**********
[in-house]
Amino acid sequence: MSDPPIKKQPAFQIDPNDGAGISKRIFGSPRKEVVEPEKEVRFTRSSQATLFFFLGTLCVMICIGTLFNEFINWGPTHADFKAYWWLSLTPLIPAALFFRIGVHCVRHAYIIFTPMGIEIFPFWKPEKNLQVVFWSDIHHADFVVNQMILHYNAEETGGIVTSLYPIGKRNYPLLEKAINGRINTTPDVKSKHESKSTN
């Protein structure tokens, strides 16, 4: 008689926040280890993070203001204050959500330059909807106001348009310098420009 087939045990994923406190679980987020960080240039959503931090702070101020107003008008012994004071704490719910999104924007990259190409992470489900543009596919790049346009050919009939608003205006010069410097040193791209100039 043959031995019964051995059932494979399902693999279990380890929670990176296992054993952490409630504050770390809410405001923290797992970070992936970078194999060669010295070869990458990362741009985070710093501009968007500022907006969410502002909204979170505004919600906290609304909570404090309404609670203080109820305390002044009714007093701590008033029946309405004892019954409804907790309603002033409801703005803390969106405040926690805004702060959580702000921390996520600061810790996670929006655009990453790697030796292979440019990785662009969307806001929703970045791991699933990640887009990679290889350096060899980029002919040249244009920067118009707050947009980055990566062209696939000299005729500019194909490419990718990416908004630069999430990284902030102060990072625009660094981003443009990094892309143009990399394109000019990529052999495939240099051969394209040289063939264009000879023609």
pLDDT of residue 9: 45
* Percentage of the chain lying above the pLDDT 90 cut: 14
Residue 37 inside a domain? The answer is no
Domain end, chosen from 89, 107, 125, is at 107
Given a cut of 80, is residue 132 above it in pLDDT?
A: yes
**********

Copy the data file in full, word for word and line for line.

[in-house]
Amino acid sequence: MSDPPIKKQPAFQIDPNDGAGISKRIFGSPRKEVVEPEKEVRFTRSSQATLFFFLGTLCVMICIGTLFNEFINWGPTHADFKAYWWLSLTPLIPAALFFRIGVHCVRHAYIIFTPMGIEIFPFWKPEKNLQVVFWSDIHHADFVVNQMILHYNAEETGGIVTSLYPIGKRNYPLLEKAINGRINTTPDVKSKHESKSTN
């Protein structure tokens, strides 16, 4: 008689926040280890993070203001204050959500330059909807106001348009310098420009 087939045990994923406190679980987020960080240039959503931090702070101020107003008008012994004071704490719910999104924007990259190409992470489900543009596919790049346009050919009939608003205006010069410097040193791209100039 043959031995019964051995059932494979399902693999279990380890929670990176296992054993952490409630504050770390809410405001923290797992970070992936970078194999060669010295070869990458990362741009985070710093501009968007500022907006969410502002909204979170505004919600906290609304909570404090309404609670203080109820305390002044009714007093701590008033029946309405004892019954409804907790309603002033409801703005803390969106405040926690805004702060959580702000921390996520600061810790996670929006655009990453790697030796292979440019990785662009969307806001929703970045791991699933990640887009990679290889350096060899980029002919040249244009920067118009707050947009980055990566062209696939000299005729500019194909490419990718990416908004630069999430990284902030102060990072625009660094981003443009990094892309143009990399394109000019990529052999495939240099051969394209040289063939264009000879023609």
pLDDT of residue 9: 45
* Percentage of the chain lying above the pLDDT 90 cut: 14
Residue 37 inside a domain? The answer is no
Domain end, chosen from 89, 107, 125, is at 107
Given a cut of 80, is residue 132 above it in pLDDT?
A: yes